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Preventative Care

post #1 of 5
Thread Starter 

Hi there.

 

I was just curious about what different things you do for preventative care to keep your flocks healthy. What has worked for you in the past? I've read that apple cider vinegar can be good, as well as, garlic and herbs. I appreciate any feedback you have. Thanks!

post #2 of 5
I find feeding them right, housing them properly, not crowding them, and keeping stress down is the best you can do to minimize problems. It best to allow you chickens to live as naturally as possible as far as allowing them to engage in behaviors that they need, letting them range and scratch, which leads to healthier and happy chickens.
Chickens, muscovy ducks, turkeys, donkeys , goats, dogs, fish, parakeets, a parrot, and a cat.

Chickens and dogs are healing to the soul.

I brake for squirrels.

Some of my birds.
http://www.backyardchickens.com/a/my-wisconsin-flock
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Chickens, muscovy ducks, turkeys, donkeys , goats, dogs, fish, parakeets, a parrot, and a cat.

Chickens and dogs are healing to the soul.

I brake for squirrels.

Some of my birds.
http://www.backyardchickens.com/a/my-wisconsin-flock
Reply
post #3 of 5
^ ^ ^ This times a million!

As their custodians we take it upon ourselves to supply the basic necessities they need to thrive. And they WILL thrive if we follow @oldhenlikesdogs advice!

Aside from that, worming ONLY as needed and taking reasonable precautions against predators are the only things I could add.
post #4 of 5
Quote:
Originally Posted by oldhenlikesdogs View Post

I find feeding them right, housing them properly, not crowding them, and keeping stress down is the best you can do to minimize problems. It best to allow you chickens to live as naturally as possible as far as allowing them to engage in behaviors that they need, letting them range and scratch, which leads to healthier and happy chickens.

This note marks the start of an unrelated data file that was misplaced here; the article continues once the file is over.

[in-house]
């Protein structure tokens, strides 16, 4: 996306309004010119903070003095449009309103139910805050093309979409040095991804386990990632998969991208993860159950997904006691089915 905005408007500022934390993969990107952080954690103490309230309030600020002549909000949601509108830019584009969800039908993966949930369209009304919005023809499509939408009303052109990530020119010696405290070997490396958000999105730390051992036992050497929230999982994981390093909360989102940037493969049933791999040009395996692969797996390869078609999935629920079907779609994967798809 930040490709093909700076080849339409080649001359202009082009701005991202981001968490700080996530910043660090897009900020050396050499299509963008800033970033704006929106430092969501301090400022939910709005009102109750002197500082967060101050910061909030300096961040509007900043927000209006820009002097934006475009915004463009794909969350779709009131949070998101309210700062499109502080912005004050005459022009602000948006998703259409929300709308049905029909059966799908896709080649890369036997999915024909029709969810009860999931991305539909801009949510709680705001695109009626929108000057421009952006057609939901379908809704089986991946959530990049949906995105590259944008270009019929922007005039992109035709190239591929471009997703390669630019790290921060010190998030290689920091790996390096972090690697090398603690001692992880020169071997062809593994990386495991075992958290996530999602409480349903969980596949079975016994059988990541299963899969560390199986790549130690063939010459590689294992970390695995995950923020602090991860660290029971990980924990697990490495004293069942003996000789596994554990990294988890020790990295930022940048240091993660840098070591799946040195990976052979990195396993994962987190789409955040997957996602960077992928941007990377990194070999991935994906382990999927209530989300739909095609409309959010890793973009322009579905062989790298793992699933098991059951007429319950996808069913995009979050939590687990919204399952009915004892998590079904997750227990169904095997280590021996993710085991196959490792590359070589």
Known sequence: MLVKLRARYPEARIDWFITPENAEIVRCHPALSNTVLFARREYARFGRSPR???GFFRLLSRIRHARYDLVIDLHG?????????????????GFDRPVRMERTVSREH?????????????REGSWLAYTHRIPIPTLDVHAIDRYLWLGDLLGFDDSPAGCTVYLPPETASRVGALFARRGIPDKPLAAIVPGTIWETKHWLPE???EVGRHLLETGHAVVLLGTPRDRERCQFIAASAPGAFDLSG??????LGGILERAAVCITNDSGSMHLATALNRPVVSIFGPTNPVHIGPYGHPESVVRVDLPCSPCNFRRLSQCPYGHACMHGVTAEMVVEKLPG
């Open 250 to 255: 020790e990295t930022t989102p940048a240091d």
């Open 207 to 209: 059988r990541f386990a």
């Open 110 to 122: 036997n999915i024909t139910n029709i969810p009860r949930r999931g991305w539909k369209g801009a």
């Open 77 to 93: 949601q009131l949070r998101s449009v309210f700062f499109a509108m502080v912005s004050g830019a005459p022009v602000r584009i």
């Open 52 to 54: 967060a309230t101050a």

Ditto Dat^^^^^

 

You don't need all that other stuff, it might help but IMO is more for the keeper than the birds.

 

Well balanced chicken ration, watch the protein levels - seems to be the first thing that goes off.

 

I like to feed a 'flock raiser/grower/finisher' 20% protein crumble to all ages and genders, as non-layers(chicks, males and molting birds) do not need the extra calcium that is in layer feed and chicks and molters can use the extra protein. Makes life much simpler to store and distribute one type of chow that everyone can eat. I do grind up the crumbles (in the blender) for the chicks for the first week or so.

 

The higher protein crumble also offsets the 8% protein scratch grains and other kitchen/garden scraps I like to offer. I adjust the amounts of other feeds to get the protein levels desired with varying situations.

 

Calcium should be available at all times for the layers, I use oyster shell mixed with rinsed, dried, crushed chicken egg shells in a separate container.

 

Animal protein (mealworms, a little cheese - beware the salt content, meat scraps) is provided during molting and if I see any feather eating.

Great article on VENTILATION, one of THE MOST IMPORTANT aspects of coop design.

Fantastic treatise to help decide how much SPACE your chickens need.

 

Chicken math is not just 'addition'...but also should include Division, Multiplication and especially Subtraction!!!

 

Quoting centrarchid:

"Make every effort to understand your chicken's biology and the environment that supports it."

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Great article on VENTILATION, one of THE MOST IMPORTANT aspects of coop design.

Fantastic treatise to help decide how much SPACE your chickens need.

 

Chicken math is not just 'addition'...but also should include Division, Multiplication and especially Subtraction!!!

 

Quoting centrarchid:

"Make every effort to understand your chicken's biology and the environment that supports it."

Reply
post #5 of 5
I have some Coxoid (amprolium) tucked away in case of coccidiosis. With an obvious case it'd be more for the protection of life than the protection of health, but it could be used to prevent a latent infection from flaring into something worse. Not a preventative, since it'd be applied in response to a change in the bird, but not quite a treatment either. An intervention, maybe? I have a large syringe barrel and a catheter tube for the same reason.

Mostly they get fresh air, fermented feed*, plenty of space, plenty of dry litter, and a coop I'm happy to stick my head in. To that I add a variety of greens (basil is a favourite right now), and any interesting bugs I find in the garden. At the moment I think one of them has a bit of a dry vent, so I'm offering crushed pine nuts with a smatting of other seeds. Trying very hard not to eat the pine nuts myself. They're so soft and buttery.

*And lately, fermented water. I poured out some of the liquid in the bucket and offered them that, and they stood around drinking it instead of taking a sip and then wandering off. I've never seen them do that with water before.
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